Of course the explanation is that David recognized and pointed out the pre-existence and divine nature of Christ. Jesus, by reminding the Pharisees of what is written in their own Scriptures, tells us that he is the one who possesses this divine nature. There is only one other place in the Gospel’s were he does so as powerfully; in the 8th chapter of John’s Gospel, where Jesus proclaims that before Abraham was, “I AM”. This conveys to us that not only has Jesus, the Christ, the Son of God, existed since before time, but that he is co-existent, co-eternal, co-equal with God himself.

          So why the little lesson in theology, and why is it important? Let me give you an example; Some time ago, I visited an internet discussion board where the question was put; if Jesus asked you today, “who do you say that I am”, how would you respond? Here were some of the answers; “I can say that you are the central figure in my life, my role model, my saviour and my Lord and that I’m saved through you. What all this means theologically is something I struggle with”; Next; I’m not at all sure I would recognize Christ at first glance, because I don’t always see the Christ presence in everyone of us. Perhaps I’d be fortunate enough to get the “flash of recognition” that Peter had”; And then we have this; “Because this question has been on my mind for awhile, I would say that he is the tender of the bubbling spring. I would also draw a bit from the Buddhist tradition, and say he is awake”; and finally; ”I’m not sure but I’m trying to find out”.


          These answers came from people who claim to be Christians! One of them was even a Youth Minister! Yet NONE of them have the least bit of certainty about who Christ is, in spite of the Gospels, in spite of all the Epistles, in spite of two millennia of church teaching. Christians who don’t know who Christ is! If they don’t know who Christ is, then how can they know who God is? And if they don’t know who God is, then how can they possibly love God? And if they can’t love God, then aren’t they breaking that first, great commandment? Aren’t we?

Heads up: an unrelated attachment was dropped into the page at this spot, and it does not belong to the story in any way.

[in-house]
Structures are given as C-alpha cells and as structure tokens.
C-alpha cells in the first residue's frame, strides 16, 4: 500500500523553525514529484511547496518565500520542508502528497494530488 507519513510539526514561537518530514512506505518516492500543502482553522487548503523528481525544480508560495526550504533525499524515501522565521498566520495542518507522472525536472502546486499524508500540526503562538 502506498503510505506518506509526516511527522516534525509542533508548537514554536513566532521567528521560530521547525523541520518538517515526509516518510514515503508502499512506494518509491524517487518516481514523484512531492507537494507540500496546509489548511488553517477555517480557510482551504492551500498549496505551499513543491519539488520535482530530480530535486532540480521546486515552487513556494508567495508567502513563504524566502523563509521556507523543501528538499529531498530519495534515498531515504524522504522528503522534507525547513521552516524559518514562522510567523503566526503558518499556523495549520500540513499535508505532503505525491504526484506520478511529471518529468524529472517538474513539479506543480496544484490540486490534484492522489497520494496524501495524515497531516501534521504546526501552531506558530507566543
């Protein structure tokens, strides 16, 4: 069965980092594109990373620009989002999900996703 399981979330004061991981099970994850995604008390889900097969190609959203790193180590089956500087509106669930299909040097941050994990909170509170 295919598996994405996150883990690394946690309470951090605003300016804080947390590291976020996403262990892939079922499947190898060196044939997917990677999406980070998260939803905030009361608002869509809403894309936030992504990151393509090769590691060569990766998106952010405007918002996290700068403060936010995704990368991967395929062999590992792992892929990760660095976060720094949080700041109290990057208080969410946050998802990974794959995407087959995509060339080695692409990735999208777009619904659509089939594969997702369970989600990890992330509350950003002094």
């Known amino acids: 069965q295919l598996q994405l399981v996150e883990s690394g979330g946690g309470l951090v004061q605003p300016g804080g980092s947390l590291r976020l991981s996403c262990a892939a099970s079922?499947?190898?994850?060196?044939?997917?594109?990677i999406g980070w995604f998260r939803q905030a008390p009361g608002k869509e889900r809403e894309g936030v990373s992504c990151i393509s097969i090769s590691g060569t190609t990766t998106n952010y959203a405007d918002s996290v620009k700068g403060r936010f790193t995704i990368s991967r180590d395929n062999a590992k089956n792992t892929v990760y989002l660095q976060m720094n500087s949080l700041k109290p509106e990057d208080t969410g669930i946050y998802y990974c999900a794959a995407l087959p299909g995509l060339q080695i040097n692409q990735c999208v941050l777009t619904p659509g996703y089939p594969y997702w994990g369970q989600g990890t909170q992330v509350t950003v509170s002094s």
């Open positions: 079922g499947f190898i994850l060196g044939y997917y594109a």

Loving God is not an easy concept for some. But Jesus gives us an easy way to figure out that concept because he tells us that the second great commandment is just like the first. Love your neighbor as you love yourself. By loving our neighbor, completely, unconditionally, we also love God. We may hate the words and actions of some people, but if we don’t approach them with love, then we cannot say that we love God. It’s that simple.

          Today, as Anglican Catholics, we have a unique opportunity. We have chosen this faith, not because we dislike change, or object to modern ideas, but because we love God. We love Him for all that he has given to us. We owe it to Him to proclaim His love to the world; to tell those who are confused about just who Jesus is; to submit to Jesus authority, as David did; and to follow in the way that Jesus has set before us.

          Jesus gives us all the proof we need today to clear up the confusion. He is pre-existent with God; He is co-equal with God: he shares in the Divine Essence of God; He is God. And by his authority, he commands us to love God, and to love each other. This is the final Word, and about this, there can be no confusion.

And no man was able to answer him a word; neither durst any man from that day forth ask him any more questions.